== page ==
Top Five Prospects:
1. Casey Kelly, RHP
2. Simon Castro, RHP
3. Anthony Rizzo, 1B
4. Donavan Tate, OF
5. Cory Luebke, LHP
Casey Kelly was selected by the Red Sox with the 30th overall pick in the 2008 draft. The Sox lured him away from a Tennessee football scholarship with a three million dollar signing bonus. He had stated a preference to play the infield (shortstop) rather than pitch, so the Red Sox agreed to give him ONE year in the field before asking him to make a final decision.
In 2009, the organization allowed Kelly to spend the first half of the season pitching, with the concession he could play shortstop in the second half. While he showed impressive defensive ability at short, his superb performance as a starting pitcher warranted a permanent position change.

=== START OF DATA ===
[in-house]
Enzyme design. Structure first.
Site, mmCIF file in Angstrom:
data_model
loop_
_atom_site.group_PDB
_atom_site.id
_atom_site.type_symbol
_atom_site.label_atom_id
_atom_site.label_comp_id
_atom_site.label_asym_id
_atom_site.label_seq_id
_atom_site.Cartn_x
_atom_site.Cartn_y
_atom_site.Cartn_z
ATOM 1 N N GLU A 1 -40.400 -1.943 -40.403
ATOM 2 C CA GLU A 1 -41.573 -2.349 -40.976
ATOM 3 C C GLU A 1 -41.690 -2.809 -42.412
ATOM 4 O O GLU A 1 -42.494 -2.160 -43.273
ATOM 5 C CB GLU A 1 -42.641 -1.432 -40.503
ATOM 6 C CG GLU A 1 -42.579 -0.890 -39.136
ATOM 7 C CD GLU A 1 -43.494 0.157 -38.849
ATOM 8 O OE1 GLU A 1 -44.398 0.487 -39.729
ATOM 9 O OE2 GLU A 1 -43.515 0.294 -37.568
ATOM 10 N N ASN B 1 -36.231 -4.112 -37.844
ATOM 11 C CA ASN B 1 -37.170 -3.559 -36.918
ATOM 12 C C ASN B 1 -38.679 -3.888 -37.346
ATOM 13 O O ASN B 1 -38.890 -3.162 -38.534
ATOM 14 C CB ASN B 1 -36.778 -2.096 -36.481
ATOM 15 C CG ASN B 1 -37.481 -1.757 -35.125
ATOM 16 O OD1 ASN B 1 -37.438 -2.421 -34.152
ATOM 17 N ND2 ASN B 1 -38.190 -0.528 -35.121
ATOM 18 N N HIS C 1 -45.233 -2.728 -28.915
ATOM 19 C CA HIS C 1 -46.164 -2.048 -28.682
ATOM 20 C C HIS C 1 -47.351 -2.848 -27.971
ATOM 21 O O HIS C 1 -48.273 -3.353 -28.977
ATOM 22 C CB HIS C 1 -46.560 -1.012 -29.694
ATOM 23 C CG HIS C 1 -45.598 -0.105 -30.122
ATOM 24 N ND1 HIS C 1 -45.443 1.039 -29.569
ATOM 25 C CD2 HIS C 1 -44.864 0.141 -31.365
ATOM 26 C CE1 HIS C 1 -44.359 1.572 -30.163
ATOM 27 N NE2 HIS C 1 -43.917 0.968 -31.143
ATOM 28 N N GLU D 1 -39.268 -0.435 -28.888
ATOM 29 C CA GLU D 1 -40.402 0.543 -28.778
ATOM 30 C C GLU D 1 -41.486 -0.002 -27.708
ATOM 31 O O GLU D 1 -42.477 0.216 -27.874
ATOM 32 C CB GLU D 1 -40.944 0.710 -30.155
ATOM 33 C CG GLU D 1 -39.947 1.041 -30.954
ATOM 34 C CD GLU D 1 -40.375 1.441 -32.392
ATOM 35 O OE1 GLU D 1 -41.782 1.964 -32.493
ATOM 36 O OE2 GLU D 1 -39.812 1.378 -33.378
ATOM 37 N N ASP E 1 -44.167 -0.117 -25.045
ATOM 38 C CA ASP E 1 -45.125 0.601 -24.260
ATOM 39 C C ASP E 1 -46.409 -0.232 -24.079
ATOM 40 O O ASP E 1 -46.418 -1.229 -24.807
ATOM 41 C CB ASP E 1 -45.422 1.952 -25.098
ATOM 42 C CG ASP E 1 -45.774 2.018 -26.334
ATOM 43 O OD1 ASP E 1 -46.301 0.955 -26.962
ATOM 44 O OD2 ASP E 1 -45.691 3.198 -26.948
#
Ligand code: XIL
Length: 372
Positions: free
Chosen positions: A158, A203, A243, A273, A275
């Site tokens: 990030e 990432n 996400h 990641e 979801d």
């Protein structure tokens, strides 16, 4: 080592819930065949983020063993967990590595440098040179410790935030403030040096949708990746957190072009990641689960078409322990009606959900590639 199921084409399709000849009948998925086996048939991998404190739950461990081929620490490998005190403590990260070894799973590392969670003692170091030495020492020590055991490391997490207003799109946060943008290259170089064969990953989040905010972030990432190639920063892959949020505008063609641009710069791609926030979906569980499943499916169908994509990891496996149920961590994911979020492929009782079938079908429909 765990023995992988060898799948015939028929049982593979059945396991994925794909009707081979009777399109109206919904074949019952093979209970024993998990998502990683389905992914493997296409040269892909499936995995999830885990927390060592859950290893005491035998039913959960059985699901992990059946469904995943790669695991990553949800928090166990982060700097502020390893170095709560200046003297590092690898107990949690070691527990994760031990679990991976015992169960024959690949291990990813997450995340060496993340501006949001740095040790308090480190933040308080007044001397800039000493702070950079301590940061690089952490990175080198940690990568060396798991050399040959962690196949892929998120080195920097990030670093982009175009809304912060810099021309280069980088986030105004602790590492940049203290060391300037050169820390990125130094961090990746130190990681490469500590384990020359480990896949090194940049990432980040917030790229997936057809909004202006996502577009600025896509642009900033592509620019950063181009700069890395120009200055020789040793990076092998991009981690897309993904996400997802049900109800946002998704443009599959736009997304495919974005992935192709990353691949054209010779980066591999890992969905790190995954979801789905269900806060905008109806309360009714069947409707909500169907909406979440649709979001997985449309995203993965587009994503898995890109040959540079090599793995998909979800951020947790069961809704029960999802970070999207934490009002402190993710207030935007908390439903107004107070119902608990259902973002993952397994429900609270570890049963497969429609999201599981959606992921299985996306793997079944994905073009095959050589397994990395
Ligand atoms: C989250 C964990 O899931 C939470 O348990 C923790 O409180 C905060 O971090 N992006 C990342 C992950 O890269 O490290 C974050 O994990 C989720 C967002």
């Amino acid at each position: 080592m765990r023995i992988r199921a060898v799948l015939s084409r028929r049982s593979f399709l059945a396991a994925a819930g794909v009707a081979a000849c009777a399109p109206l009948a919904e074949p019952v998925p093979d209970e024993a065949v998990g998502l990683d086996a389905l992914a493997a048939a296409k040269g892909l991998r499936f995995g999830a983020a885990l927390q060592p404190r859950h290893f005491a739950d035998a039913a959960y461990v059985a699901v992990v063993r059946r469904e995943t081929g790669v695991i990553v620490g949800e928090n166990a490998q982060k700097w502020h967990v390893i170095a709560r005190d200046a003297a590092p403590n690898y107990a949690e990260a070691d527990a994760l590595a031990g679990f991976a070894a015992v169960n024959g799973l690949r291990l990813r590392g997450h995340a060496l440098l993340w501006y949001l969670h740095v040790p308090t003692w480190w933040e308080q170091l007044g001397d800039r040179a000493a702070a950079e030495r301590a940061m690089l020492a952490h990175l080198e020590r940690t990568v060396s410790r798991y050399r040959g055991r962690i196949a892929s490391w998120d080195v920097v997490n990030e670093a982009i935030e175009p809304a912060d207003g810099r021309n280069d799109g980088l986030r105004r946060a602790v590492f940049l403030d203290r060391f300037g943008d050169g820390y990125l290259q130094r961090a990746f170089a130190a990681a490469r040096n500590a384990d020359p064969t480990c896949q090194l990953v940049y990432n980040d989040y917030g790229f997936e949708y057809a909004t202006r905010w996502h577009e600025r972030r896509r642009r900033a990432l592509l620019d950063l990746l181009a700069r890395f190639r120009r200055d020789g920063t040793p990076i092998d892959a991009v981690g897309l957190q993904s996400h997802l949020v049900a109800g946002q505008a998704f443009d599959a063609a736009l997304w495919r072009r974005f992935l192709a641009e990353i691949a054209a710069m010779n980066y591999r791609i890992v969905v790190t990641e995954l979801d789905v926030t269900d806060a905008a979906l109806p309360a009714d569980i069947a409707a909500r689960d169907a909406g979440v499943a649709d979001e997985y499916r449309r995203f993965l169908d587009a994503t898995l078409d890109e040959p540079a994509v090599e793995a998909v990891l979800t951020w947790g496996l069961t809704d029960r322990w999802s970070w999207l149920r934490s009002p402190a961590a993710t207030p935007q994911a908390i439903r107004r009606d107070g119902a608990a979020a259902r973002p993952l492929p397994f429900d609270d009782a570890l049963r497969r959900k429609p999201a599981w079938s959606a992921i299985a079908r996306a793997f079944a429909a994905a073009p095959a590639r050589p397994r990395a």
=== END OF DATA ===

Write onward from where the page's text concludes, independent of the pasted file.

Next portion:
He was selected to pitch in the MLB Futures Game and was later named the Red Sox Minor League Pitcher of the Year. The choice was made—he would pitch.
He is a well-rounded pitcher who has three “plus” pitches, all of which he throws for strikes. He has a low-90s fastball that scouts score as a “65″ on the “20–80″ scale. His off-speed pitches make him a top-tier prospect. He has quick action arm and a consistent delivery that makes his changeup difficult to recognize. It is his out pitch… he uses it to rack up groundouts. Kelly also has an 11-to-5 curveball that has “swing and miss” potential.